However, I do admit that on one occasion, I had a rather expensive champagne and oyster lunch in Glasgow with a friend (we were celebrating her divorce...) - it was like we were transported into another world, where people spent this sort of money all the time. Nice as it was, I'd not do it again in a hurry, can't afford it! :-)

    1. Hi weenie. Despite the price do try the restaurant if you ever have something special to celebrate. The food was amazing and you could do things much more sensibly than we did by cutting out expensive drinks, sweets, extras and so on.

      I've never eaten oysters but it is on my list of things to try and I'd be more than happy to have a glass (or two) of champagne to go with them. Maybe I'll plan to try them sitting on a beach in Normandy with a glass of prosecco instead?

    2. Prosecco is just as good, although personally, I find that it gets me drunk very quickly, much like champagne!

  4. Wow... bombshell alert! I would have not put you down as a MIC viewer.
    They just come across as a bunch of over priveleged pompous t055ers. Or maybe I'm just jealous :)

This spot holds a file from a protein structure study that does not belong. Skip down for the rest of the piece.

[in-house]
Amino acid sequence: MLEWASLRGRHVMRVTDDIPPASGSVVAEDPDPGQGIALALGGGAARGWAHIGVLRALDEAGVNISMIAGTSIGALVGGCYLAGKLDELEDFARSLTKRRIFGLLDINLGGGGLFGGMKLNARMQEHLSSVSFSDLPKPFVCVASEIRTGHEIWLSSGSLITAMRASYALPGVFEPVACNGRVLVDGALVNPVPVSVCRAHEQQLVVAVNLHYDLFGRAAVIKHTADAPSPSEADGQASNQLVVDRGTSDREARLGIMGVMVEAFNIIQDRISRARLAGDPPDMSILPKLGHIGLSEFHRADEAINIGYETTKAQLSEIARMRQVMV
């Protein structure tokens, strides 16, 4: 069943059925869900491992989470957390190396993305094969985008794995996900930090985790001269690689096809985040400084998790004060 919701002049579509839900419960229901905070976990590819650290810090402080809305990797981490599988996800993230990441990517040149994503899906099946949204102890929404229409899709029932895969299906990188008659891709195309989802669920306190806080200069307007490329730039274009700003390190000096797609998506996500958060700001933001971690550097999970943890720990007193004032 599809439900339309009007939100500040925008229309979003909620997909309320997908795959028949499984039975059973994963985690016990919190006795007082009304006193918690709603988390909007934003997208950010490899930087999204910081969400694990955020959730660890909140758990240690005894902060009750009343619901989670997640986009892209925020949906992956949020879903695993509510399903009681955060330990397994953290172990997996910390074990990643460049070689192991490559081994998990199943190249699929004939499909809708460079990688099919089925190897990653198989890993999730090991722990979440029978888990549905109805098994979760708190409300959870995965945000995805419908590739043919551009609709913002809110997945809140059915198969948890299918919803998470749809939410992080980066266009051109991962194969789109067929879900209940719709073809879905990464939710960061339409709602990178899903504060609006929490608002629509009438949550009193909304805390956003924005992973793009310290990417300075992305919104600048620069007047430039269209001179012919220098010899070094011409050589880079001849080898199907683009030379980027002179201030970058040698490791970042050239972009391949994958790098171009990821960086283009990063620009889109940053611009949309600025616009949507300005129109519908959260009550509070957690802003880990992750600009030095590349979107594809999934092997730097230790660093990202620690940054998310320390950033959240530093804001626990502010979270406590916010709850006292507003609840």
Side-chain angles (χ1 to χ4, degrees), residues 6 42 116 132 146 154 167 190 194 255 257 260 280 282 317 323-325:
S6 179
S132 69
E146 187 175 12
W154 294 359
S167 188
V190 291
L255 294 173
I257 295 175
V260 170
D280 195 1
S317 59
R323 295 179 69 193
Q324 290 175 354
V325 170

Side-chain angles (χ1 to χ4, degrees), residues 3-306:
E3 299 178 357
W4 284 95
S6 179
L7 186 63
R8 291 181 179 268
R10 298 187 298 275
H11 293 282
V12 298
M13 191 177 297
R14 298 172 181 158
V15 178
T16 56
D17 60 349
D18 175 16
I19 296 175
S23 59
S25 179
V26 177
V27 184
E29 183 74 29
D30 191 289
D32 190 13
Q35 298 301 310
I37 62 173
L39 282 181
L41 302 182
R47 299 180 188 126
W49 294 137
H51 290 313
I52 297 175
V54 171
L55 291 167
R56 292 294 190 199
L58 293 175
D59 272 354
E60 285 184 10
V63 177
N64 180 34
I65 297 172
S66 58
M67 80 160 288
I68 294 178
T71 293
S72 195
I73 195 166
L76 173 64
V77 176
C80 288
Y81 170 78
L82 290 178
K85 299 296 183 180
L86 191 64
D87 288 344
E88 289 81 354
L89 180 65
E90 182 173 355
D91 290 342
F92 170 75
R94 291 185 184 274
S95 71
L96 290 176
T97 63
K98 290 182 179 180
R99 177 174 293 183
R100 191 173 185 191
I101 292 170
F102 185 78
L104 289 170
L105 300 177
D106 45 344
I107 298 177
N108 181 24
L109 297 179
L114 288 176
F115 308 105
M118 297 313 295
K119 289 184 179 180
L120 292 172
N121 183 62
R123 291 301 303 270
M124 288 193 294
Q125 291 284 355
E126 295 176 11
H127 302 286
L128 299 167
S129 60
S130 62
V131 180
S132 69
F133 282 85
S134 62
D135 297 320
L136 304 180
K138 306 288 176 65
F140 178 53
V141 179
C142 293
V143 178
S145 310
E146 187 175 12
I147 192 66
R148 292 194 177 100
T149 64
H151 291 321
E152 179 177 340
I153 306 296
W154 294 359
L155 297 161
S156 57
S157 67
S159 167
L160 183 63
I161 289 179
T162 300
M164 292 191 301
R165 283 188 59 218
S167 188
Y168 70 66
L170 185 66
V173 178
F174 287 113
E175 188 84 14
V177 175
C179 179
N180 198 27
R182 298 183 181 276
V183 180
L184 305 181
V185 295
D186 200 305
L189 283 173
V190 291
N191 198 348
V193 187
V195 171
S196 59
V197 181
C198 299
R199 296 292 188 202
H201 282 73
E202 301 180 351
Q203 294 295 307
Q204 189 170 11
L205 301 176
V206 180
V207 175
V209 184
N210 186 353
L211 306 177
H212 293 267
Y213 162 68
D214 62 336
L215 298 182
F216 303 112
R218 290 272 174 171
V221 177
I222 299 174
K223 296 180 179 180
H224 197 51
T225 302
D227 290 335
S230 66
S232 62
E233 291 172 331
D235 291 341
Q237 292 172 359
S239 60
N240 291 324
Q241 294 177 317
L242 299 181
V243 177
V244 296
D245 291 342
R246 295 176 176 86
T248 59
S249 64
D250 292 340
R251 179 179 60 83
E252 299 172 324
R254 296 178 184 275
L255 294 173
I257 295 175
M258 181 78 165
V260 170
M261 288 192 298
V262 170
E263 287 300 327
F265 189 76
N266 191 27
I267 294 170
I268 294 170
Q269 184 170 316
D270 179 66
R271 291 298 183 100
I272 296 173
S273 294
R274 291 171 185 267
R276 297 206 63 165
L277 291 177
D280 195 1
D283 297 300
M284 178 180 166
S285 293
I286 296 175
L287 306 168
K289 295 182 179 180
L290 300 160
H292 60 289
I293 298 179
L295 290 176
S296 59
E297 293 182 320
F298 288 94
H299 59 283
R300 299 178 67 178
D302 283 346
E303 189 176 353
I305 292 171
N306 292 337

I've gone in for a few ridiculously expensive things in the past and to be honest it's just not worth the money for me. While admitedly being enjoyable, exciting and feeling like you are part of a different world briefly I tend to also find myself somewhat uncomfortbable, constantly thinking people can tell I'm an "outsider". Also the expense is always in the back of my mind thinking, well this better be worth the money. The high expectation often means that it doesn't live up to the hype.

    The one time that comes to mind is after backpacking it round S.America in '08 we finished the tour in Rio and stayed at the Copacabana Palace for one night, which cost £500. Yes that's right, we spent probably 2 weeks worth of travelling funds on one flipping night. Madness! As mentioned above it was plush, luxurious, and enjoyable but it was no where near as fun as our £20/night hostel we'd stayed in all week where we made lots of friends and generally had a blast! Since that experience I've always sought out the cheap and cheerful options where possible.

    Saying all that, nowt wrong with going out for a slap up meal every now and again... so fill your boots on that I say as long as it's not every week!

  5. No you have them in a nutshell :-)

    Maybe you were actually brushing up against Mark-Francis whilst at the Copacabana and didn't know it.

    I know what you mean about feeling uncomfortable though. We celebrated my husband's (partial) retirement 18 months ago with a night at a very expensive hotel in the Cotswolds. They brought a hessian sack to the table at breakfast time. We had no idea what it was, or what to do with it. Turns out it was to keep the toast warm!

  6. Haha! I've had similar experiences where you don't know what to do with something and feel like a right berk.
    Can't be doing with all that myself! Keep it simple, no fanciness needed for such a simple task as keeping toast warm eh! :)